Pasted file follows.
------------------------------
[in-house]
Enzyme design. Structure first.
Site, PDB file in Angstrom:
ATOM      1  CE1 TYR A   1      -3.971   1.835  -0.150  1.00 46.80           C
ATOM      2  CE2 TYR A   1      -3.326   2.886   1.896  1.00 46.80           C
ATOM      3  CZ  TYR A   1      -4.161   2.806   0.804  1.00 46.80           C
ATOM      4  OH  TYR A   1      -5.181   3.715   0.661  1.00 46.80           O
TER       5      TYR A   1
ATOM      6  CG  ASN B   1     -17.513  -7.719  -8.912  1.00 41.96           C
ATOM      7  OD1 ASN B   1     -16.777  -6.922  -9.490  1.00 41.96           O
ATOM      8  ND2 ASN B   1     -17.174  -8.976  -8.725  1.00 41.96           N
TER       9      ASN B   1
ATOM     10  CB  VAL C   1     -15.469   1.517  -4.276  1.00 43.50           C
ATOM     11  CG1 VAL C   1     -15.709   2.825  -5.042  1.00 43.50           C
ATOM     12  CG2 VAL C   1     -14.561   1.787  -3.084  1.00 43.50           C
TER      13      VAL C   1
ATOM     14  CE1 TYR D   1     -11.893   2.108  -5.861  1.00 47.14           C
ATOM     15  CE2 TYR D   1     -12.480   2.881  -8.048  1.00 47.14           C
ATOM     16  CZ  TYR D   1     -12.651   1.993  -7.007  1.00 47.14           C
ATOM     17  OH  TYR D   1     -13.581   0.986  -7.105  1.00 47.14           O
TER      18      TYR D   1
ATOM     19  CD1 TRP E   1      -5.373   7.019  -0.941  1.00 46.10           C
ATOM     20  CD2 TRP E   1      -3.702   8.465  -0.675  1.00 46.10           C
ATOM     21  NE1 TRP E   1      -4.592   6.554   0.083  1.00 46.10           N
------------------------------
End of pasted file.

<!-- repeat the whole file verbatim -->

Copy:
[in-house]
Enzyme design. Structure first.
Site, PDB file in Angstrom:
ATOM      1  CE1 TYR A   1      -3.971   1.835  -0.150  1.00 46.80           C
ATOM      2  CE2 TYR A   1      -3.326   2.886   1.896  1.00 46.80           C
ATOM      3  CZ  TYR A   1      -4.161   2.806   0.804  1.00 46.80           C
ATOM      4  OH  TYR A   1      -5.181   3.715   0.661  1.00 46.80           O
TER       5      TYR A   1
ATOM      6  CG  ASN B   1     -17.513  -7.719  -8.912  1.00 41.96           C
ATOM      7  OD1 ASN B   1     -16.777  -6.922  -9.490  1.00 41.96           O
ATOM      8  ND2 ASN B   1     -17.174  -8.976  -8.725  1.00 41.96           N
TER       9      ASN B   1
ATOM     10  CB  VAL C   1     -15.469   1.517  -4.276  1.00 43.50           C
ATOM     11  CG1 VAL C   1     -15.709   2.825  -5.042  1.00 43.50           C
ATOM     12  CG2 VAL C   1     -14.561   1.787  -3.084  1.00 43.50           C
TER      13      VAL C   1
ATOM     14  CE1 TYR D   1     -11.893   2.108  -5.861  1.00 47.14           C
ATOM     15  CE2 TYR D   1     -12.480   2.881  -8.048  1.00 47.14           C
ATOM     16  CZ  TYR D   1     -12.651   1.993  -7.007  1.00 47.14           C
ATOM     17  OH  TYR D   1     -13.581   0.986  -7.105  1.00 47.14           O
TER      18      TYR D   1
ATOM     19  CD1 TRP E   1      -5.373   7.019  -0.941  1.00 46.10           C
ATOM     20  CD2 TRP E   1      -3.702   8.465  -0.675  1.00 46.10           C
ATOM     21  NE1 TRP E   1      -4.592   6.554   0.083  1.00 46.10           N